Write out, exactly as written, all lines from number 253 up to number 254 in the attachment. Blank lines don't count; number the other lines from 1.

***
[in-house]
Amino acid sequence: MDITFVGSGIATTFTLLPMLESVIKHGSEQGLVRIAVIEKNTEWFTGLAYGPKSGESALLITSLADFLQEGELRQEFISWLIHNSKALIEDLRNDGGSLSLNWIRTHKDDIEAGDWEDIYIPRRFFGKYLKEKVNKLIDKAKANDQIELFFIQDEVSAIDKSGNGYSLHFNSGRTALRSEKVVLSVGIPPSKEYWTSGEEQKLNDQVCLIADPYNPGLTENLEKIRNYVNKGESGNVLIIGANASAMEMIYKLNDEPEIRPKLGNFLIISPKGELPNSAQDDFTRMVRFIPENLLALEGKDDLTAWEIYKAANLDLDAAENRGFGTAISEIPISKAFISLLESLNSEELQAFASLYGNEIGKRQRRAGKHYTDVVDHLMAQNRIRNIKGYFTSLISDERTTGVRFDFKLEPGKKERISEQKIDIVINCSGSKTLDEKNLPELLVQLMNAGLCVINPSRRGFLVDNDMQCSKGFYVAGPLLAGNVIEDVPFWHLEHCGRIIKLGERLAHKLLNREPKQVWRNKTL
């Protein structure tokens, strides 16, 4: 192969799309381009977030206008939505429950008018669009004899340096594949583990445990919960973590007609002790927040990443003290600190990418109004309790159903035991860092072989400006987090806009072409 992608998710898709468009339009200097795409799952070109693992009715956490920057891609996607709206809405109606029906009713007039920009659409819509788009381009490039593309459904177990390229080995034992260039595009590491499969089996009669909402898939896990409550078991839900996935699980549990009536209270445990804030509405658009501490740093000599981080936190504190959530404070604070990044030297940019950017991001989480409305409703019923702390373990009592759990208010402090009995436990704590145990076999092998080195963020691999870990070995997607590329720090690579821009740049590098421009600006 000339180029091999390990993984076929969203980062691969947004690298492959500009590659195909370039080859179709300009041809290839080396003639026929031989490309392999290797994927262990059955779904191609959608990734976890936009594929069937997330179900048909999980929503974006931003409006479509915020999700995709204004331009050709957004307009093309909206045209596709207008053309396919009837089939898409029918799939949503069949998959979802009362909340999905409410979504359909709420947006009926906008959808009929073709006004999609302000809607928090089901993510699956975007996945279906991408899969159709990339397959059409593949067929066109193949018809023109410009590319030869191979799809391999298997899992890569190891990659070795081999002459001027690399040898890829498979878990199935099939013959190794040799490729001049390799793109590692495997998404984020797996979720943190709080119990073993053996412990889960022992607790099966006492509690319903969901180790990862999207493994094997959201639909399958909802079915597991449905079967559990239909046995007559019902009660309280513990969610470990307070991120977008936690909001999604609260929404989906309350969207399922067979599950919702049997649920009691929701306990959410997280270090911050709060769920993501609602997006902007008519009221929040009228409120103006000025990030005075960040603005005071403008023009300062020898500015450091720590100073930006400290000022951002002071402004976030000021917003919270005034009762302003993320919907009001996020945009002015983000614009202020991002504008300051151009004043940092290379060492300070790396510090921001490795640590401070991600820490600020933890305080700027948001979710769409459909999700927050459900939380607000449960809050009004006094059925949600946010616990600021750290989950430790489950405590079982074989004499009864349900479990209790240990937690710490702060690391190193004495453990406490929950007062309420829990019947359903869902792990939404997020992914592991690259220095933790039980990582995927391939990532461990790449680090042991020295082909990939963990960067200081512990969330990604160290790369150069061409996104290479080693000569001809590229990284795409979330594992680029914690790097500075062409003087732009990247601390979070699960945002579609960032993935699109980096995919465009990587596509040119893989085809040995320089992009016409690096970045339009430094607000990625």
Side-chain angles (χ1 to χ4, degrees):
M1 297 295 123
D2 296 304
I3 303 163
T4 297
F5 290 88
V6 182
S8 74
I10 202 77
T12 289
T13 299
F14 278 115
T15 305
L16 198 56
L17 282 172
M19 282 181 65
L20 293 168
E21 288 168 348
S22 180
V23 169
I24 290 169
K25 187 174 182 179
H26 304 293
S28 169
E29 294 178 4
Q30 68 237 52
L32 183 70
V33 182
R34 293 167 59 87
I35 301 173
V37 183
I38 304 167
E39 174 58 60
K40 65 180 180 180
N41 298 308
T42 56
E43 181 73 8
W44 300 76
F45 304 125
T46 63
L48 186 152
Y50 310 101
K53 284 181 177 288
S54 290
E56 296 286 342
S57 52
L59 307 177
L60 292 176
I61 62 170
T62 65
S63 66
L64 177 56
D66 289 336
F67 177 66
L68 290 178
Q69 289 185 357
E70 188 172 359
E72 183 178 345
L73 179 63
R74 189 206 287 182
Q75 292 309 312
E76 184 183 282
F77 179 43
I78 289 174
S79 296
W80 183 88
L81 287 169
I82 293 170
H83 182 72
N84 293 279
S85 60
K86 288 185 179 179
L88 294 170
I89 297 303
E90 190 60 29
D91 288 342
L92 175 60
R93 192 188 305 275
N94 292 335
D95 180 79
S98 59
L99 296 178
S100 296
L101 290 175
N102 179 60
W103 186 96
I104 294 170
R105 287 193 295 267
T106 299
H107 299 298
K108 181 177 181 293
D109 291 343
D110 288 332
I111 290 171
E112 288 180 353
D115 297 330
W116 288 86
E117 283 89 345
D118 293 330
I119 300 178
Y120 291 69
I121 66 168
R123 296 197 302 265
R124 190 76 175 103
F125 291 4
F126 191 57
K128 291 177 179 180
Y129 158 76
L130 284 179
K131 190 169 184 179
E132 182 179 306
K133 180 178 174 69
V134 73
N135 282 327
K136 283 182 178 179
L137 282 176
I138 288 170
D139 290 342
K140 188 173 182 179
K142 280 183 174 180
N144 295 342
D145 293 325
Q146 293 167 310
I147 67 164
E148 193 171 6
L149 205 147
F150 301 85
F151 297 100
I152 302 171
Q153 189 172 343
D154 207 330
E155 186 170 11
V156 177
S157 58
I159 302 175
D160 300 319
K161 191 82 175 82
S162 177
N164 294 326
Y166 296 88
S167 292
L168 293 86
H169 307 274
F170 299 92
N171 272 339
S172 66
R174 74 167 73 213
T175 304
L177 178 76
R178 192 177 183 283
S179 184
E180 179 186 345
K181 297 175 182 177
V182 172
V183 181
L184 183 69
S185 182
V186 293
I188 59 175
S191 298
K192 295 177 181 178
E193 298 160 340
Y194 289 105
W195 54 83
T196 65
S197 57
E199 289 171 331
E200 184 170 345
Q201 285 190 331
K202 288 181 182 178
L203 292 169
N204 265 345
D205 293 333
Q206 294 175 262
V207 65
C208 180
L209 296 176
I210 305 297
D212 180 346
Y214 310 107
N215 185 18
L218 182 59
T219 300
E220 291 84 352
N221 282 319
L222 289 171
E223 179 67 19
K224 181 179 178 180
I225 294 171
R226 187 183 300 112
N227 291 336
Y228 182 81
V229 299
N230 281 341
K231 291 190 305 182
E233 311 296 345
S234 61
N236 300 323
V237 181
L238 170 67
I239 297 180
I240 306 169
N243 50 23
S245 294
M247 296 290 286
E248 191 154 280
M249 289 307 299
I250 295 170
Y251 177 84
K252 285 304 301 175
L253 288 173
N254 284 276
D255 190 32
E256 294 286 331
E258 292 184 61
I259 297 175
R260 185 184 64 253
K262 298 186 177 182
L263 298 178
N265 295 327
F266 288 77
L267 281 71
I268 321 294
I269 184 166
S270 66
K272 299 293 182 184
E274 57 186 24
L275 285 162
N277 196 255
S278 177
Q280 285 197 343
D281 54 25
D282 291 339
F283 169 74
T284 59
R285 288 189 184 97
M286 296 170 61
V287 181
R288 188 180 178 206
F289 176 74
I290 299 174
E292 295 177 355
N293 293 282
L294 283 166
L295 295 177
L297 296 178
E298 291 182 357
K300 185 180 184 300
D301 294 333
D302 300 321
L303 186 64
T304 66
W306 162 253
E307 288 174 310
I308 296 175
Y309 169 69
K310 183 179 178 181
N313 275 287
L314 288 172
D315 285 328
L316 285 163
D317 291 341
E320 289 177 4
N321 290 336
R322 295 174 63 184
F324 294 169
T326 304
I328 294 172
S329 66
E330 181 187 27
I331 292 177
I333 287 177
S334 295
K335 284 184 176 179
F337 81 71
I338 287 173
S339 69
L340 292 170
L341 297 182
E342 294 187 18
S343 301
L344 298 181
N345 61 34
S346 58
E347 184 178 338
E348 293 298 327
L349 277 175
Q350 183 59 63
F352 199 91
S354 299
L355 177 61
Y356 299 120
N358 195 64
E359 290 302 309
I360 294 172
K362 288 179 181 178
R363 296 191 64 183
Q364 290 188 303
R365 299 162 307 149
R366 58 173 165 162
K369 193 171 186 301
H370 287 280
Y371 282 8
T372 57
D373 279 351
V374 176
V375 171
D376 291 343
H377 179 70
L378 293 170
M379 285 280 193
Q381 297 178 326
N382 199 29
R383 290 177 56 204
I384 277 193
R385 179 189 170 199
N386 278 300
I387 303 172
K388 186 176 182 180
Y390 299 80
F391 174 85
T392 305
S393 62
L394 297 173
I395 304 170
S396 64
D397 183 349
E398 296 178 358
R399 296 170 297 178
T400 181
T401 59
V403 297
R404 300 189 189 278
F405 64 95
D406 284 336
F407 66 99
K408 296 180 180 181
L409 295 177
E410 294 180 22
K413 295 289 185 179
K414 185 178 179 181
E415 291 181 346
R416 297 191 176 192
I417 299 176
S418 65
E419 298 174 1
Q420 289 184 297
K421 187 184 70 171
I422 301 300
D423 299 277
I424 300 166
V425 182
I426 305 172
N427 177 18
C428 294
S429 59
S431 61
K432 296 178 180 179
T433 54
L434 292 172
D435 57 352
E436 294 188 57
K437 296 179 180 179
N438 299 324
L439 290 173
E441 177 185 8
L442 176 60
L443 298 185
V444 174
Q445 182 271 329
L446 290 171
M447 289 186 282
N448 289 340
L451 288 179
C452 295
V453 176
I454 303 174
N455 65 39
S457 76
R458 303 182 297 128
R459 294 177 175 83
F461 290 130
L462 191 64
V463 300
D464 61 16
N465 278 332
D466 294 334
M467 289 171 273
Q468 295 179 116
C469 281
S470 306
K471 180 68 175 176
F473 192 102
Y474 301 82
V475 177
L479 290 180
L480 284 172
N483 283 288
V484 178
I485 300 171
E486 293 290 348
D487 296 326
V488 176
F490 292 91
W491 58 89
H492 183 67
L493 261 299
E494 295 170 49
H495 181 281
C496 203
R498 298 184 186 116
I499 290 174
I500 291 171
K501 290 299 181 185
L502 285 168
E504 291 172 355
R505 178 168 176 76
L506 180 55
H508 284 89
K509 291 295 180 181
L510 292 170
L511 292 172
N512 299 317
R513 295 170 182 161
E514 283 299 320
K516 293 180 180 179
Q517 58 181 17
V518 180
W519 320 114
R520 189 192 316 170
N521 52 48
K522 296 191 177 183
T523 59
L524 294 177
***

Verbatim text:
D302 300 321
L303 186 64